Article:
Peacekeeper stringValidateForm is really slow




JavaScript Engine
6 years ago
3 years ago


(Reporter: Trev, Unassigned)


(Blocks: 1 bug)

9 Branch
Windows XP

Firefox Tracking Flags

(Not tracked)



(2 attachments, 1 obsolete attachment)

2.42 KB, text/html
664 bytes, application/x-javascript


6 years ago
Created attachment 564742 [details]

User Agent: Mozilla/5.0 (Windows NT 5.1; rv:9.0a2) Gecko/20111004 Firefox/9.0a2
Build ID: 20111004042012

Steps to reproduce:

In the peacekeeper stringValidateForm, all of the regular expressions are slower in Firefox (Aurora) vs Chrome.  I've made a test case that runs the code.  My numbers are:

Firefox: elapsed time: 195
Chrome: elapsed time: 71

This is one of the worst peacekeeper tests


6 years ago
Attachment #564742 - Attachment mime type: text/plain → text/html


6 years ago
Blocks: 499198
Ever confirmed: true
Created attachment 806612 [details]
Shell testcase

Simple shell testcase. The bad news:

d8:  575 ms
SM: 1088 ms

The good news: we are about as fast as v8 on 4 of the 5 regular expressions now. The bad one is the email check, with that one commented out:

d8: 391 ms
SM: 387 ms

So what we need to make fast is this:

function test() {
    var t = new Date;
    for (var i = 0; i < 1000000; i++) {
	input = "";
	result = /^\w+([\.-]?\w+)*@\w+([\.-]?\w+)*(\.\w{2,3})+$/.test(input);
    print(new Date - t);

d8: 173 ms
SM: 670 ms

And indeed, a profile shows we're spending most time in Yarr::Interpreter::* :(
Hannes do you happen to know why Yarr does not JIT this regular expression? Asking you because you've also looked into Octane-regexp.
Flags: needinfo?(hv1989)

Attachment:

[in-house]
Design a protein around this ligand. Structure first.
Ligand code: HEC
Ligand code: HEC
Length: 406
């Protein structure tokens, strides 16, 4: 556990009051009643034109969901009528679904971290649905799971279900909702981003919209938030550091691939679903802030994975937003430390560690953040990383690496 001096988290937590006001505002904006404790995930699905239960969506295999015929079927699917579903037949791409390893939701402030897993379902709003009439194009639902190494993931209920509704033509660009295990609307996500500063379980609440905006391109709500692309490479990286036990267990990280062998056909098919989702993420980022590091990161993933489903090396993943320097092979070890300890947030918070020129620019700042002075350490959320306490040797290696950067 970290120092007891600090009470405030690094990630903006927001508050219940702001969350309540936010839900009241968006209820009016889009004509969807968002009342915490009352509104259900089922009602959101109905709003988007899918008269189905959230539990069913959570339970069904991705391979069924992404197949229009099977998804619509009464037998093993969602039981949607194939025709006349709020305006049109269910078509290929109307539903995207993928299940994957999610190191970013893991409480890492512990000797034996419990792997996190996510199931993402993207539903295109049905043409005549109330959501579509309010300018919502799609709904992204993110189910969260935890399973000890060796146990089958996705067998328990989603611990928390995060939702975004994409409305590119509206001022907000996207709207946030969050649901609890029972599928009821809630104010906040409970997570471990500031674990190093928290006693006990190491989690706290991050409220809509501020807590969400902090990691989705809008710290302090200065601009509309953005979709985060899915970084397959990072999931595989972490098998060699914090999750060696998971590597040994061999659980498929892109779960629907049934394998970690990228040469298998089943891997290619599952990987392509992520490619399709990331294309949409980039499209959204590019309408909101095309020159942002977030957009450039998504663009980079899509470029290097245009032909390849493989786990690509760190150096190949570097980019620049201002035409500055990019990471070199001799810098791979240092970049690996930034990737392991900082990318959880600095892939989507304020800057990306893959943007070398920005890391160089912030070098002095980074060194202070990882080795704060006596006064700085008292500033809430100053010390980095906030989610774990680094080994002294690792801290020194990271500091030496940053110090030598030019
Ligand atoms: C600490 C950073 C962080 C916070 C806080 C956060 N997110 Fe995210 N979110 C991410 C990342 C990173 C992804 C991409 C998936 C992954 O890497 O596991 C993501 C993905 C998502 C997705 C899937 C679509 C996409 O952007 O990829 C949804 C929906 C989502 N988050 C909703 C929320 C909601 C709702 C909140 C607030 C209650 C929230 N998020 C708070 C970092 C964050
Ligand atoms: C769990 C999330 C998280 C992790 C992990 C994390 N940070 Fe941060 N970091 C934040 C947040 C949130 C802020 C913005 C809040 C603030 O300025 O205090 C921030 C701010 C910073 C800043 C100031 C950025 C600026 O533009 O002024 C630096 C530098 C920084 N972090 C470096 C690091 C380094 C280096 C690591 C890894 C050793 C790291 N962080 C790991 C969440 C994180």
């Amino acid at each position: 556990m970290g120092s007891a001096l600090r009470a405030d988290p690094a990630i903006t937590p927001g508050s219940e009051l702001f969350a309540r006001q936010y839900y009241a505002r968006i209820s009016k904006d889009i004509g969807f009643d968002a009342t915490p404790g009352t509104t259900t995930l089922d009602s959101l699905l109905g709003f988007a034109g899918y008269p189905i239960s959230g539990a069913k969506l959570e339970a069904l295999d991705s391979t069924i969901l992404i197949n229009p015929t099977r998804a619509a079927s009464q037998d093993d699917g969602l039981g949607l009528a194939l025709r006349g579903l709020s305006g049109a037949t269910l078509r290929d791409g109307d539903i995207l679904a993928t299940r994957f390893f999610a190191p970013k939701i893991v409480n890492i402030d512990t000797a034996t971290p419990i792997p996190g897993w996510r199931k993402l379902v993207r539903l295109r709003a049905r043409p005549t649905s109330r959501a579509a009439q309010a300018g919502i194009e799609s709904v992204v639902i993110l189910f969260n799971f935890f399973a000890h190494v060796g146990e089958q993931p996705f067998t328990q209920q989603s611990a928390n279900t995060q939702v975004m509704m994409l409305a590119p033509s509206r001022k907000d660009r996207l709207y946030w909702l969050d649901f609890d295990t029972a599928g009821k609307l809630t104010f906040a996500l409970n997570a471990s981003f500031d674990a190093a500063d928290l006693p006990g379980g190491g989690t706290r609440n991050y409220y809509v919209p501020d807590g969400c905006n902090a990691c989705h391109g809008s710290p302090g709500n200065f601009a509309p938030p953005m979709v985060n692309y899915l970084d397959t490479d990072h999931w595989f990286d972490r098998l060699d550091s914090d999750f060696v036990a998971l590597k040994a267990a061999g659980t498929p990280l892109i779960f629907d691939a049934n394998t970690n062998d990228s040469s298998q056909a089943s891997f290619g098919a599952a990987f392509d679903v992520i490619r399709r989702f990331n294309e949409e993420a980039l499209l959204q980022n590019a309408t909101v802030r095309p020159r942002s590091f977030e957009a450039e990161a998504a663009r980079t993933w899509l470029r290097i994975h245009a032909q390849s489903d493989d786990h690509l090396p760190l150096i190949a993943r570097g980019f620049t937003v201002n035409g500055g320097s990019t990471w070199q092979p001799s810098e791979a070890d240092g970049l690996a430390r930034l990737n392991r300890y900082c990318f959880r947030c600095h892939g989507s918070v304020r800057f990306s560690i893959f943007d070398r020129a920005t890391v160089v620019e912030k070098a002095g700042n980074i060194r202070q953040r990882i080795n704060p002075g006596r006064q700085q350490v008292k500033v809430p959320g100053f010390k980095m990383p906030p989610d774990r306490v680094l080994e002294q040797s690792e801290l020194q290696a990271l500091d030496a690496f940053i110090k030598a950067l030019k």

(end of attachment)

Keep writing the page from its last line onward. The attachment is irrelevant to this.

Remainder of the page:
Created attachment 806620 [details]
Shell testcase

Eh previous attachment had the bad regex commented out. Oops.
Attachment #806612 - Attachment is obsolete: true
(In reply to Jan de Mooij [:jandem] from comment #2)
> Hannes do you happen to know why Yarr does not JIT this regular expression?
> Asking you because you've also looked into Octane-regexp.

We are failing due to this:
        // We can currently only compile quantity 1 subpatterns that are
        // not copies. We generate a copy in the case of a range quantifier,
        // e.g. /(?:x){3,9}/, or /(?:x)+/ (These are effectively expanded to
        // /(?:x){3,3}(?:x){0,6}/ and /(?:x)(?:x)*/ repectively). The problem
        // comes where the subpattern is capturing, in which case we would
        // need to restore the capture from the first subpattern upon a
        // failure in the second.


So we can't compile due to capturing subpattern atm.
(anything)+ or (anything){4,7} are a problem and we stay in the interpreter.
Flags: needinfo?(hv1989)
Filed a WebKit bug:
Bug 976446 will change this:

benchmark Elapsed time 50. Operations: 50000. Operations per second: 1000000

benchmark Elapsed time 42. Operations: 50000. Operations per second: 1190476.1904761903

Chrome is still king here:
benchmark Elapsed time 26. Operations: 50000. Operations per second: 1923076.9230769232

We assume this might be caused by the fact we have 16bit chars and chrome 8bit chars


3 years ago
Assignee: general → nobody
On 64bit linux, Nightly 42, Chrome 37.
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